During my hiatus, someone poisoned my house.
The termite-letter for my home was through Ace Exterminating and so when it was time for me to have my place inspected for termites, I went to them. It seems I should have read the fine print.
Apparently this company thinks it is a good idea to give a “complimentary” spray to the exterior of houses when they do a termite inspection. This possibility never even occurred to me. I imagine many people see a free “pest-control” treatment as a good thing. I most certainly DO NOT.
I called them to vent my feelings. The poor woman who received my call seemed to think I was worried about hypothetical children or my pets and immediately assured me that the insecticide was “safe.”
“It’s not my pets I worry about. It’s my spiders and bees,” I replied. I could have said much more, explaining the thriving community of living things that I cultivate on my property, but I doubt it would have helped.
A brief silence followed, after which she offered to put a “do not spray” note on my record. Despite this, I will not use their company again. They may refrain from spraying my house, but their policy of “complementary insecticide treatments” is not one I am willing to forgive. I have sympathy for the woman who took my call and for the technician who was just following orders, but the company will not have my business.
I am not wholly against the use of insecticides. I will put down borax to end the ant-plague in my kitchen and I will use what means I must to keep moths out of my woolen clothing. These things have a minor impact on the arthropod population and are taking place in a fundamentally unnatural environment: the interior of my house. As I am relatively ignorant about the use of pesticides in agriculture, I will refrain from opening that debate here. This is merely representative of my feelings on the unnecessary use of pesticides around our homes.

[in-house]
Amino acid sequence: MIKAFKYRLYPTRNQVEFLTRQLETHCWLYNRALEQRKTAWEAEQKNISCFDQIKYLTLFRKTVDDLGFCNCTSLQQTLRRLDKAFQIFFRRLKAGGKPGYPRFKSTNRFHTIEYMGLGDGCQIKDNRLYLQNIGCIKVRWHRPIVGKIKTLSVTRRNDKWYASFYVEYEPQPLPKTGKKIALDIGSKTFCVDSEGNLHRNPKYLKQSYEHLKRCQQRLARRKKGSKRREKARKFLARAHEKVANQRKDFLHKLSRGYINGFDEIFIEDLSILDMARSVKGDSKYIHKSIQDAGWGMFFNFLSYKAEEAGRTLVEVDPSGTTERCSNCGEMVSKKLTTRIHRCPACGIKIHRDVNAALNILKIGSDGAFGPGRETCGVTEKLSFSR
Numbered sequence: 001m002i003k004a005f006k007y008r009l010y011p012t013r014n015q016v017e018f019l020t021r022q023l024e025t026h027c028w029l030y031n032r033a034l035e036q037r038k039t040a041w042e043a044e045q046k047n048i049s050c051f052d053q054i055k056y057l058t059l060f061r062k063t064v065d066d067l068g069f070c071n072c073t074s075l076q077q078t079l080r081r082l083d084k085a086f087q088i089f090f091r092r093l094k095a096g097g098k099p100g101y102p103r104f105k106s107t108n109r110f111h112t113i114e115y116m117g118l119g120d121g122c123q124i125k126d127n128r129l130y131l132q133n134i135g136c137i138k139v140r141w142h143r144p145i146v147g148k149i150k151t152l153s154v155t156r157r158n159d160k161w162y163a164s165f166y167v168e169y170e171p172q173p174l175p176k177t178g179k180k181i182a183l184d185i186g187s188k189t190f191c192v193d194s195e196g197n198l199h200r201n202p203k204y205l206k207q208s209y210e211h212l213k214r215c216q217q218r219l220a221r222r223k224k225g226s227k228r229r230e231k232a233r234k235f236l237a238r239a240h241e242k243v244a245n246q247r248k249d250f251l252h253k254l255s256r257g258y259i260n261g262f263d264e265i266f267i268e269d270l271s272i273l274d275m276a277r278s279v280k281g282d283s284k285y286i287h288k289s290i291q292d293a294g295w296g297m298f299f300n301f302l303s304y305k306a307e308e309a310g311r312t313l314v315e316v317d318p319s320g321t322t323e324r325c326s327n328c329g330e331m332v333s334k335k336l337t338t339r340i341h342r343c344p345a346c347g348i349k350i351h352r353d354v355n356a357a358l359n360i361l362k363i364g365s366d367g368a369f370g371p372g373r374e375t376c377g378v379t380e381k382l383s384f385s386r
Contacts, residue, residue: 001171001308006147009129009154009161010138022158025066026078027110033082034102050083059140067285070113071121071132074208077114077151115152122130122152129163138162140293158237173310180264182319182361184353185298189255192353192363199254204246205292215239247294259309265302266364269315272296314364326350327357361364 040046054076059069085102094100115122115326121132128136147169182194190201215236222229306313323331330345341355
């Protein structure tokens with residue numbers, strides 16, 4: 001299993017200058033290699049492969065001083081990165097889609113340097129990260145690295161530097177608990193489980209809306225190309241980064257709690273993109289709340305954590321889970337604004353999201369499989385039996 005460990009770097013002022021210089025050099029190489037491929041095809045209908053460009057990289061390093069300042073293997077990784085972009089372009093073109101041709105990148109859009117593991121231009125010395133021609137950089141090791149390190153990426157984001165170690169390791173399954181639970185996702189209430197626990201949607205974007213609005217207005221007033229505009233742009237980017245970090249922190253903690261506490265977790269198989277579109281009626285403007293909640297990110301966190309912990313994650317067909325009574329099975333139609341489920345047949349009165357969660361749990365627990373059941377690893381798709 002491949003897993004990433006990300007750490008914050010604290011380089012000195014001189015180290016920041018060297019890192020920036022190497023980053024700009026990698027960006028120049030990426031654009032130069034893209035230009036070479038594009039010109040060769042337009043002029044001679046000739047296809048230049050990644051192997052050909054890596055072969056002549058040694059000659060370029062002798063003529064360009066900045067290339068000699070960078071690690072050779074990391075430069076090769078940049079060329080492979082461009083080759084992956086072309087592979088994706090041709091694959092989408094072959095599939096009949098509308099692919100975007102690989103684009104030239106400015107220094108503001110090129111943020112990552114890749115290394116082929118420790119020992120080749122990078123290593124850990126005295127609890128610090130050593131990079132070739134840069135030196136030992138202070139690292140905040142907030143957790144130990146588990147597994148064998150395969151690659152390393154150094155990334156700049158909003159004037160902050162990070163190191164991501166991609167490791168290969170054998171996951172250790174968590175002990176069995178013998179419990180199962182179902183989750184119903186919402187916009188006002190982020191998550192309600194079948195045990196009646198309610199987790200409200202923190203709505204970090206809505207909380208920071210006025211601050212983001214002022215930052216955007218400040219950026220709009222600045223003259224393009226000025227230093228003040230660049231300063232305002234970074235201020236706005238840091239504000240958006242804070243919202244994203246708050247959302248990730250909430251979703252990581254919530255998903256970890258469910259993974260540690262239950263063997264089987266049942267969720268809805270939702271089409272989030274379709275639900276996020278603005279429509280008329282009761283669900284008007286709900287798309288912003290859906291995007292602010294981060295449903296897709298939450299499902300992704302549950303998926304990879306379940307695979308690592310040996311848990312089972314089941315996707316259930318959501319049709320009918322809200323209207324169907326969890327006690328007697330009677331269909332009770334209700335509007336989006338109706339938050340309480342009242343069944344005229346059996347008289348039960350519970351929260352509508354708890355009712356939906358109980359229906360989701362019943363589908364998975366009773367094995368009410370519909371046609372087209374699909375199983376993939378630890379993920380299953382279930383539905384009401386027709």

What possible good could spraying the outside of my house do? No good at all, and the ill effects spread out before me like a miniature nuclear holocaust, with my brick walls as ground zero. This impacts everything living in my yard be it insect, arachnid, reptile, bird or plant. The predators, be they spider, or lizard, or ladybug take longer to recover than their prey making everything worse, in the long term, for me as well! If this careless company has indirectly killed my garter snake or my blue-tailed skinks, I will weep as well as rage.
It is the thoughtlessness that deeply troubles me. One must assume that most people never consider the impact of using insecticides around their homes. Presumably all they consider is a reduction in the number of creepy-crawlies around their abode and their thoughts on the matter end there. No one has taught them better. If this were the attitude of a few people, the problem would not be great, but when I consider the number of buildings and yards this effects, I am horrified.
The health of any ecosystem rests largely on its tiny members. I wonder how much healthier my entire nation would be, ecologically, mentally and medically, if we confined our use of home insecticides and pesticides to “necessary only” and cut out the use of such compounds for “convenience.” No doubt we would even have fewer “pest problems” if we did this, considering that these populations manage themselves more effectively than we can when they are left intact. Even if we only confined the use of insecticides to the interiors of houses there would be a large positive impact. Our indiscriminate spraying harms the insects that most people love, like fireflies and butterflies, and can indirectly harm larger wildlife. Hummingbirds eat insects and spiders, as do robins and the above-mentioned blue-tailed skinks. These are beautiful creatures whom even the most insect-phobic person would not wish to harm.
We are shooting ourselves, repeatedly, in both feet and it frustrates me all the more because it ought to be an easy thing for us to change. There are more pressing issues for my nation to grapple with, but those problems are, for the most part, more complex and more difficult to face. This one ought to be a no-brainer. With a little bit of education and a tiny bit of self-control we could simultaneously save ourselves time and money and make a huge positive impact in our communities. I have little hope that we will, but to be silent about it would only make me part of the problem.
And so I urge you, as I will urge others, to Just Say No to the Unnecessary Use of Pesticides and to urge your friends and families to do the same!